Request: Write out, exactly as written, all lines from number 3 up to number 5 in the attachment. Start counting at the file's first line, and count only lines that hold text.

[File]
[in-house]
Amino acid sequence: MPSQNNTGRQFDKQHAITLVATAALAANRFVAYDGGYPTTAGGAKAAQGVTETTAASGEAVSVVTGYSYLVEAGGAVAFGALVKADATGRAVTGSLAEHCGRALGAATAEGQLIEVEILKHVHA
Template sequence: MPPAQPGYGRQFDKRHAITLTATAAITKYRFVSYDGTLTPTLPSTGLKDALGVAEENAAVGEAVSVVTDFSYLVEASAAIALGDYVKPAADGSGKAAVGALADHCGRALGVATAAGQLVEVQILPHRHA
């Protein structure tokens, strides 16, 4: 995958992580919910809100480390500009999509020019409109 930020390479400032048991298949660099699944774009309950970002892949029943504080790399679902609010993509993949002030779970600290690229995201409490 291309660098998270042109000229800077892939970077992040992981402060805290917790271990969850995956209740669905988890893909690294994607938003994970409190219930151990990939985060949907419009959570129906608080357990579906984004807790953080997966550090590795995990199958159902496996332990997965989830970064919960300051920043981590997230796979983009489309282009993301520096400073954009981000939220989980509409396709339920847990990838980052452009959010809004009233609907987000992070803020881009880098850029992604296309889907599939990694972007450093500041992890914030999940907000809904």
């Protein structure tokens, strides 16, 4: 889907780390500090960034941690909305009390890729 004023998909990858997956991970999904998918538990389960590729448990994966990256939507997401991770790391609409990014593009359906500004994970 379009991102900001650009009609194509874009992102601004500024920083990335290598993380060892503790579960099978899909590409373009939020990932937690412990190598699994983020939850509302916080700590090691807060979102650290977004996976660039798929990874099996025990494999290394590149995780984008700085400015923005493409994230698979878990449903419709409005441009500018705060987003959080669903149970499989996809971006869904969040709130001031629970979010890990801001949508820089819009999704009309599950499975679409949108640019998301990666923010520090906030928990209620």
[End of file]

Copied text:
Template sequence: MPPAQPGYGRQFDKRHAITLTATAAITKYRFVSYDGTLTPTLPSTGLKDALGVAEENAAVGEAVSVVTDFSYLVEASAAIALGDYVKPAADGSGKAAVGALADHCGRALGVATAAGQLVEVQILPHRHA
């Protein structure tokens, strides 16, 4: 995958992580919910809100480390500009999509020019409109 930020390479400032048991298949660099699944774009309950970002892949029943504080790399679902609010993509993949002030779970600290690229995201409490 291309660098998270042109000229800077892939970077992040992981402060805290917790271990969850995956209740669905988890893909690294994607938003994970409190219930151990990939985060949907419009959570129906608080357990579906984004807790953080997966550090590795995990199958159902496996332990997965989830970064919960300051920043981590997230796979983009489309282009993301520096400073954009981000939220989980509409396709339920847990990838980052452009959010809004009233609907987000992070803020881009880098850029992604296309889907599939990694972007450093500041992890914030999940907000809904």
């Protein structure tokens, strides 16, 4: 889907780390500090960034941690909305009390890729 004023998909990858997956991970999904998918538990389960590729448990994966990256939507997401991770790391609409990014593009359906500004994970 379009991102900001650009009609194509874009992102601004500024920083990335290598993380060892503790579960099978899909590409373009939020990932937690412990190598699994983020939850509302916080700590090691807060979102650290977004996976660039798929990874099996025990494999290394590149995780984008700085400015923005493409994230698979878990449903419709409005441009500018705060987003959080669903149970499989996809971006869904969040709130001031629970979010890990801001949508820089819009999704009309599950499975679409949108640019998301990666923010520090906030928990209620």